To gain perspective, MacArthur decided to speak to people beyond their usual former grantees and peer funders. Tawa says they sought input from faith leaders, community residents, grassroots organizations, and young people by holding listening sessions through the city. The initiative was also mindful to give attention to the community by recognizing the differences in neighborhoods, instead of stopping at a general, overall view of the community.

The feedback:

“…residents asked that we respond to local initiatives and show respect for residents’ approaches to community development.”

In response, MacArthur supported the New Communities Program (NCP), which incentivized 16 “communities” within Chicago to try community and economic development that addressed local issues by using initiatives developed by, for, and with Chicago’s communities. MacArthur built an initiative at that time to amplify local initiatives and local voices through local partnership networks. The focus was to have direct contact with the efforts taking place on the neighborhood level.

Example 3: The Prospect KC & REDF

Startland News is a digital daily business news publication covering entrepreneurship and innovation stories in the Greater Kansas City region.

This article covers the story of Shanita McAfee-Bryant who is considered a Kansas City culinary icon that will “help lead the way among socially-engaged entrepreneurs creating a more inclusive economy that helps overlooked individuals move workforce barriers to the back burner.”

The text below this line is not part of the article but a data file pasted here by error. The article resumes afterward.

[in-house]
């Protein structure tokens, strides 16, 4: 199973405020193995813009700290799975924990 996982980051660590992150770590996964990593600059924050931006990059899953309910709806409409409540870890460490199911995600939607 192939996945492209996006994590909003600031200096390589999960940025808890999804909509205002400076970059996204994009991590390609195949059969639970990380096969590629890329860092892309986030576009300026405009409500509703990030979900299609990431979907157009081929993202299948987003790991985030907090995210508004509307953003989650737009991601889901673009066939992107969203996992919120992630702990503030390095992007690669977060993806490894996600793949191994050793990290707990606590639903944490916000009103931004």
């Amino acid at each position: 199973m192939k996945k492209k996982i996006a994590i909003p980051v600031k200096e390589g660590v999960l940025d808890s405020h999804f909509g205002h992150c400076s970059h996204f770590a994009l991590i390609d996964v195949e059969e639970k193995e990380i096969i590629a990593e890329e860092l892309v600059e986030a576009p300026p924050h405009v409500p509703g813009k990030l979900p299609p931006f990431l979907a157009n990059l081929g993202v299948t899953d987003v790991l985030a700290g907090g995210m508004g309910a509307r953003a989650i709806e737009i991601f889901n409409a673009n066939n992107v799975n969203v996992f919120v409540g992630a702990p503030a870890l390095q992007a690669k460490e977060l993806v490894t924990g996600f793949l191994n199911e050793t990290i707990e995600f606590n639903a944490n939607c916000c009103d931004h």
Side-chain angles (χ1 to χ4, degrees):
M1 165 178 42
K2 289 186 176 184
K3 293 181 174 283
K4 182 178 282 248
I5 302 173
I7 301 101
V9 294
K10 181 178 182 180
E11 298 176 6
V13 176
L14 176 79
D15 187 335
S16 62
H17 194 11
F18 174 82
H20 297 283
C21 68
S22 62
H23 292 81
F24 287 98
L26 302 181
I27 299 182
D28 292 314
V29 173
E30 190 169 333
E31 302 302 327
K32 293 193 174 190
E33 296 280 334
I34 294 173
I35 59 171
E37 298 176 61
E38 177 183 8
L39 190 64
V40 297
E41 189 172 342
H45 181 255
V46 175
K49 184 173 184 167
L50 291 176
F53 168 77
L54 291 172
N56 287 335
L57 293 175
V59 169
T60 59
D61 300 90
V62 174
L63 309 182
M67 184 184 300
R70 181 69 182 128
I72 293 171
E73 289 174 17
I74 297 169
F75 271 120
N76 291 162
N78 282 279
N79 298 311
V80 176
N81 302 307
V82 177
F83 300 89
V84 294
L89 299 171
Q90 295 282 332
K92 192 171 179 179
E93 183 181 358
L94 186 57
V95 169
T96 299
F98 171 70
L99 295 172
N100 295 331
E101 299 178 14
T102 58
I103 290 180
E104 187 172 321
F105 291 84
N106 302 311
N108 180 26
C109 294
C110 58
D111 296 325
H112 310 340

McAfee-Bryant is a chef and founder of the 16-week culinary job training program The Prospect KC. She is among 18 employment social enterprise leaders from across the country chosen by leading venture philanthropy REDF (the Roberts Enterprise Development Fund) to participate in its second cohort of the 2023 REDF Accelerator.

McAfee-Bryant shares her excitement towards empowering the community, “Brilliance is not dictated by your circumstance but by your environment. If you invest equally in the community, then everyone will thrive. The Prospect KC is a social enterprise focused on trying to raise the tide to lift all boats.”

This is a double-fold example of impact as REDF is empowering social enterprises to lead the direct communication and problem solving of community efforts. On top of this, the Prospect KC takes things a step further by offering extended support for services related to food assistance, housing, childcare, and transportation through a network of social service partnerships. Similar to pay-it-forward, the initiatives give their resources to empower not only their efforts, but the social impact adjacent to their work.

Show the Community You’re Listening

Show the communities you work with that you are listening to their input and that you value the contributions they have to offer. It’s okay if there needs to be guidance or if there needs to be an advisory. The main point is to allow stakeholders to take ownership of the solutions that improve their quality of life.

Have you discussed solutions with your stakeholders lately?

How Social Enterprises Develop Community-led Social Impact Solutions